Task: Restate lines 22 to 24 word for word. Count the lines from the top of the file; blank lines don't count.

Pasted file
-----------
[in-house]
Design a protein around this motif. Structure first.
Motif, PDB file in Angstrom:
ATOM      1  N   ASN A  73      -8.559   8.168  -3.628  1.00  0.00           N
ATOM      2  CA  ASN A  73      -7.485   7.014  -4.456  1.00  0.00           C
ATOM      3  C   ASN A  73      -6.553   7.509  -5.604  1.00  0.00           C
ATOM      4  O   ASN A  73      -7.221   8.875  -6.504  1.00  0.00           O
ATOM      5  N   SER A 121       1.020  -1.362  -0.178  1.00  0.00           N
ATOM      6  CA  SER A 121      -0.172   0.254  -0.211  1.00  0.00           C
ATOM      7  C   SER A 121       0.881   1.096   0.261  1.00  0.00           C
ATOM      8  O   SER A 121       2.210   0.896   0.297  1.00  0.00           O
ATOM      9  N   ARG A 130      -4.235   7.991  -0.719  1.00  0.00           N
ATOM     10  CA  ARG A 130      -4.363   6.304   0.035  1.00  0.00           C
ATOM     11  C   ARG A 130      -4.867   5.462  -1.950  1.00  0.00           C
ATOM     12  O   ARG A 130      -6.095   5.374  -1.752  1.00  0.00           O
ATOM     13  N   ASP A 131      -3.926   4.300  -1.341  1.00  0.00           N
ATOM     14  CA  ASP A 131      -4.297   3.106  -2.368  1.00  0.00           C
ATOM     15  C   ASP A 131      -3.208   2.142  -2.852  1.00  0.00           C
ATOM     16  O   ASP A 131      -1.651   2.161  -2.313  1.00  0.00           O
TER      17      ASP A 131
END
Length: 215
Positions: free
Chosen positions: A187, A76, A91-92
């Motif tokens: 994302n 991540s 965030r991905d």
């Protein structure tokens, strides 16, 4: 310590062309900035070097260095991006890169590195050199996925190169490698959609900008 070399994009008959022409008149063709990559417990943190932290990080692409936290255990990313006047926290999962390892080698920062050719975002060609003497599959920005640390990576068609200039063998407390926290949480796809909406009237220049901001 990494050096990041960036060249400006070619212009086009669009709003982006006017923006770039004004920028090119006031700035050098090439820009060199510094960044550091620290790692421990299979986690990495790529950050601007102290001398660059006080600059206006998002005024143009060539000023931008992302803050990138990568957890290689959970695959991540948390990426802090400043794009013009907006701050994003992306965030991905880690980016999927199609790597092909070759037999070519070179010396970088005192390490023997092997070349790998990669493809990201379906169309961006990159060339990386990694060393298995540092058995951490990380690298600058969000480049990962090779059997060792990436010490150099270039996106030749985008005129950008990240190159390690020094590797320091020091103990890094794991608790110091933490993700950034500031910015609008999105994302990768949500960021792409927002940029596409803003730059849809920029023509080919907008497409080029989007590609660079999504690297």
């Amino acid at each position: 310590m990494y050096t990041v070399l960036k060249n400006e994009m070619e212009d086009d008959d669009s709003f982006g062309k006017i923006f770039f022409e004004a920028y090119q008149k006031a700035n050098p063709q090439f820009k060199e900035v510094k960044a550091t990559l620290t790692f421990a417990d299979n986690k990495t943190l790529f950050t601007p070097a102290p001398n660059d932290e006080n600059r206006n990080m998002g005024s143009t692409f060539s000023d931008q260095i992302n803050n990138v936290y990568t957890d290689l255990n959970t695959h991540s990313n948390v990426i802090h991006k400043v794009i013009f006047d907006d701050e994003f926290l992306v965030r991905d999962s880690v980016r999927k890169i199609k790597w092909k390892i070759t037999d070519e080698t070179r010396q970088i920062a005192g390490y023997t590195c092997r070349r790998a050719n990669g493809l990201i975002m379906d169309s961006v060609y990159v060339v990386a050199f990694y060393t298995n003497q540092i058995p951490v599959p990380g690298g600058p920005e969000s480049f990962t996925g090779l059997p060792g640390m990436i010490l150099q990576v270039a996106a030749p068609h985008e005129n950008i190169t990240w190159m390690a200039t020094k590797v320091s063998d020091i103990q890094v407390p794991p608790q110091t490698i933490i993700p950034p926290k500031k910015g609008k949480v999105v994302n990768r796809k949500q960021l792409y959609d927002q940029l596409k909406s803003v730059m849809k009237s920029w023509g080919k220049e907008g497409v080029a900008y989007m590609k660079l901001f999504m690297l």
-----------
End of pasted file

Length: 215
Positions: free
Chosen positions: A187, A76, A91-92